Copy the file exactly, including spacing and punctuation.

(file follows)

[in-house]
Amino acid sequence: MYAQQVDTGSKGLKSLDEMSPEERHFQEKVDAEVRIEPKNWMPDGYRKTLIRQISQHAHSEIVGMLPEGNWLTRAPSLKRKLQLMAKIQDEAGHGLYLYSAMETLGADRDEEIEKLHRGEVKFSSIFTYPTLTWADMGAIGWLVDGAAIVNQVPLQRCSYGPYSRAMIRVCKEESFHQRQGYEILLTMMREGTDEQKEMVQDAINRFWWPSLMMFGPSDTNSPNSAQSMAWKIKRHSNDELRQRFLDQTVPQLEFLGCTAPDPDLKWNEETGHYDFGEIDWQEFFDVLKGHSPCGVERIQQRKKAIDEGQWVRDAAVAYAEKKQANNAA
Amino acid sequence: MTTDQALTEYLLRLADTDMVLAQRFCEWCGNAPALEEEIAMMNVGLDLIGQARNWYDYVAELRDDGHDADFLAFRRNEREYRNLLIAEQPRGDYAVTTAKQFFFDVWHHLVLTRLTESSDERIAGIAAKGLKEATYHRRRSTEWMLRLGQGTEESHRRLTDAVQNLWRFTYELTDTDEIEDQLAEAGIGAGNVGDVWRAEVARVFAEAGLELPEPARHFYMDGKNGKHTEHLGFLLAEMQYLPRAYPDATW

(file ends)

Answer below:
[in-house]
Amino acid sequence: MYAQQVDTGSKGLKSLDEMSPEERHFQEKVDAEVRIEPKNWMPDGYRKTLIRQISQHAHSEIVGMLPEGNWLTRAPSLKRKLQLMAKIQDEAGHGLYLYSAMETLGADRDEEIEKLHRGEVKFSSIFTYPTLTWADMGAIGWLVDGAAIVNQVPLQRCSYGPYSRAMIRVCKEESFHQRQGYEILLTMMREGTDEQKEMVQDAINRFWWPSLMMFGPSDTNSPNSAQSMAWKIKRHSNDELRQRFLDQTVPQLEFLGCTAPDPDLKWNEETGHYDFGEIDWQEFFDVLKGHSPCGVERIQQRKKAIDEGQWVRDAAVAYAEKKQANNAA
Amino acid sequence: MTTDQALTEYLLRLADTDMVLAQRFCEWCGNAPALEEEIAMMNVGLDLIGQARNWYDYVAELRDDGHDADFLAFRRNEREYRNLLIAEQPRGDYAVTTAKQFFFDVWHHLVLTRLTESSDERIAGIAAKGLKEATYHRRRSTEWMLRLGQGTEESHRRLTDAVQNLWRFTYELTDTDEIEDQLAEAGIGAGNVGDVWRAEVARVFAEAGLELPEPARHFYMDGKNGKHTEHLGFLLAEMQYLPRAYPDATW